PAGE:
- Add that all together and that's how much you should set aside in your health care FSA.
Once you have your limited purpose FSA, you can use the FSA mobile app for deadline reminders and eligibility checks.
You can retain hundreds of dollars a year in tax savings by paying your medical expenses with money from your FSA all while keeping you healthy. If your employer offers one with your health insurance benefits, I definitely recommend enrolling. Spend more on your health, and less on the internal revenue service.
We're all taking steps towards helping the environment. Such as recycling more diligently, using reusable bags, and quitting plastic straws.
Luckily, all of these steps don't cost too much money. Turns out, there's another step you can take that actually saves you money. Sounds a little too good to be true, but Arcadia Power can help you cut the cost of your energy bills, all while finding a more green alternative.
There's no catch, no extortionate bills, no 30-year commitment, and no need to install solar panels on your roof. You're probably wondering how this is possible.
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Firstly, Arcadia looks at your monthly bills and determines what your energy usage is. Then, they automatically shop around to find the best monthly rate in your area that's sourced from renewable energy, like wind and solar. They don't change your utility, just get you a more sustainable bill.
Arcadia isn't a power provider, but they work on your behalf to make sure that the energy being proved by companies is being partly sourced from green suppliers, as well as getting you the best deal possible.
50% of your electricity will come from renewable alternatives.
It doesn't cost you anything because Arcadia is paid by your provider after they secure you a green energy supplier.
It only takes 2 minutes to sign up, and it's a totally free service! Acadia's mission is to make green energy sources not only more accessible but more affordable, too.
Whether you're renting or you're a homeowner, Arcadia is an easy way to do more for the environment. And again, it saves you money. Everybody wins!
Everyone knows it's important to build credit, but where do you start?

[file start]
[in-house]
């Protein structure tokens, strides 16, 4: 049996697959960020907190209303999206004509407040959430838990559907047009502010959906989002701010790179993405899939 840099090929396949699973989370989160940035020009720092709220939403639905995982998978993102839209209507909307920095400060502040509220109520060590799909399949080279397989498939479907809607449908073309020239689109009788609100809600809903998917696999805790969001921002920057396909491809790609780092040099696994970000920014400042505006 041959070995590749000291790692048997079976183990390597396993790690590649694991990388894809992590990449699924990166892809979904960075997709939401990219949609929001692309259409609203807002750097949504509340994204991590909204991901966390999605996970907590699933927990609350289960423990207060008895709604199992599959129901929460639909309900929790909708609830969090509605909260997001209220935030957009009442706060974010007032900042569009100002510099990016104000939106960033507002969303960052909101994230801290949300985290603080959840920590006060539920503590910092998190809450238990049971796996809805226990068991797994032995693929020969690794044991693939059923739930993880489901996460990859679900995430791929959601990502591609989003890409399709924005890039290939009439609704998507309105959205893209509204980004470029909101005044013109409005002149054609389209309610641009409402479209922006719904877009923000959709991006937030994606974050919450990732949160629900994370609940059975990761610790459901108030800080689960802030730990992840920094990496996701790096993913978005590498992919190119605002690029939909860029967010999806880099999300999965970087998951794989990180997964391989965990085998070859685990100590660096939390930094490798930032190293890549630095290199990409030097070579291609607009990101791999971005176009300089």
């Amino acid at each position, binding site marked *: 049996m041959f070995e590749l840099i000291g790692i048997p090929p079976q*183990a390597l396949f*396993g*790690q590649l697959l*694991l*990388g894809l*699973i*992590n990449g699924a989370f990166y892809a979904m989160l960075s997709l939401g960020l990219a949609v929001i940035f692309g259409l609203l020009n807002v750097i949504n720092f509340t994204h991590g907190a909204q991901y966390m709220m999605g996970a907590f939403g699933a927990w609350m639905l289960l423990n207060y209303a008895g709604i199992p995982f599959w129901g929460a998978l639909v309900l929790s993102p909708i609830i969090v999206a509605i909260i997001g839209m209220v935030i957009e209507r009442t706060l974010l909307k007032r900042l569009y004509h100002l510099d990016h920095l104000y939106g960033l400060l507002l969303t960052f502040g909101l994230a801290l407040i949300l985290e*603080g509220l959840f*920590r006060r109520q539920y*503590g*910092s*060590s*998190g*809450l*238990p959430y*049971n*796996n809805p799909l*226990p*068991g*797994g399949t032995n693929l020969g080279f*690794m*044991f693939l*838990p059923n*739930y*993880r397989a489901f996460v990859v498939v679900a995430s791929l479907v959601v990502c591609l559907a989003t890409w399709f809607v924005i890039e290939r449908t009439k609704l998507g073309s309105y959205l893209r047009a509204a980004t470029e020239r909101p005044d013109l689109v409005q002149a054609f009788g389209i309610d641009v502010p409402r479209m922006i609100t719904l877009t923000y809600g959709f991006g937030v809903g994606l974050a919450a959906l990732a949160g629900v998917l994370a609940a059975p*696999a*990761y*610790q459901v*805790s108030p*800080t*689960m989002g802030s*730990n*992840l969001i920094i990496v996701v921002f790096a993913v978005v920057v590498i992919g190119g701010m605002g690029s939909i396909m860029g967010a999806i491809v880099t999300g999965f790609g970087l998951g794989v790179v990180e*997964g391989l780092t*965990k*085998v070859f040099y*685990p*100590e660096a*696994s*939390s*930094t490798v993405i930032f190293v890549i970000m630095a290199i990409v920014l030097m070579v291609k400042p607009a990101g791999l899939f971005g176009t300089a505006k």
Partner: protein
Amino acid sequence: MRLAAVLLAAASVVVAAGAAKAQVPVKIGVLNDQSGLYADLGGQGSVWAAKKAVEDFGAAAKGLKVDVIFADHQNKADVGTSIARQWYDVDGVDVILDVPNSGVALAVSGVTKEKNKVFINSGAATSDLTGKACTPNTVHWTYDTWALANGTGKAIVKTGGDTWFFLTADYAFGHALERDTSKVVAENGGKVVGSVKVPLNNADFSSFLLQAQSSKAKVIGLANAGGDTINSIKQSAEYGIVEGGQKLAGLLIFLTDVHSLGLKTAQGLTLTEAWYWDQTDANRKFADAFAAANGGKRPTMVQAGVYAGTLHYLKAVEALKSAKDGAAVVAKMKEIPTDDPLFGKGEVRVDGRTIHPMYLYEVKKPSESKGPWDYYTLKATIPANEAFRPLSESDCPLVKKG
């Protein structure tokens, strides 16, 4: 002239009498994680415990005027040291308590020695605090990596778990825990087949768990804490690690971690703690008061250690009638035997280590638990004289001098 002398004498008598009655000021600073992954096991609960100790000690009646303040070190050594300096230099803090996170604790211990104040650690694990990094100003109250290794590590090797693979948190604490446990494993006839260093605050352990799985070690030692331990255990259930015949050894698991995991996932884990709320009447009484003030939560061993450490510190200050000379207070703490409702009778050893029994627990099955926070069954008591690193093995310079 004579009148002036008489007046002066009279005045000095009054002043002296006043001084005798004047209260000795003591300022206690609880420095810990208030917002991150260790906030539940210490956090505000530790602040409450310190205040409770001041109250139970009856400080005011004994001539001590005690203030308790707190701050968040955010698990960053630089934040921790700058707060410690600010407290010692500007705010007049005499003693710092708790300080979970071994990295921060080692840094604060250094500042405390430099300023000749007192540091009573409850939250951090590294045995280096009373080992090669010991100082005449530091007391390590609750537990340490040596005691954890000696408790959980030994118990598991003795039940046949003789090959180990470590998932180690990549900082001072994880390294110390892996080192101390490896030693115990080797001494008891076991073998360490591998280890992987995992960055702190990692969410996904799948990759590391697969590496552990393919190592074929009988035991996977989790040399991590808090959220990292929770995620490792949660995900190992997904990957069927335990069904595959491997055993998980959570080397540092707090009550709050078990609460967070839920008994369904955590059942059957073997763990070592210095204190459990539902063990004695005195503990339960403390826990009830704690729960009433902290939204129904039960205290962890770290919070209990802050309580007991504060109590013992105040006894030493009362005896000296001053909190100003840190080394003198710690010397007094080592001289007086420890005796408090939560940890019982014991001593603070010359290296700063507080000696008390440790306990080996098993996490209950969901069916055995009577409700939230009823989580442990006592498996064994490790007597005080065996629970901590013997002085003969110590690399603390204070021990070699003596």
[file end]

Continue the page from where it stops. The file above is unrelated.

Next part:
If you've never had a credit card before, the number of options can be intimidating. Luckily, there are plenty of cards designed specifically for first-timers. Some reasons you may want one of these cards are if you've never had a U.S. loan or credit card under your name, have had one for less than 3 years, or irresponsibly handled your credit in the past. While these cards function the same way as other credit cards (you borrow money from a financial institution to make purchases, then you pay off your debt after a specific period of time), there are a few things that set them apart:
- Low credit limits
- High interest rates
- Limited (if any) rewards
- Upfront fees or deposits
Essentially, these cards are designed to help you learn about credit, build credit, and prove your ability to pay back your credit card company. Here are a few of the best starter credit cards available.
This card offers a cash-back earning rate that's nearly 50% higher than the market average, though it does charge an annual fee, so it's best for people who intend to use it regularly.
- 1.5% cash back for all purchases
- $39 annual fee
- No fee for international use
- Available to people with limited/fair credit
We love this card because it doesn't charge any of the fees for first timers that so many credit cards do. Also, in the first six months of opening this card, you earn 3% cash back on up to $2,500 of gas, grocery, and drugstore purchases.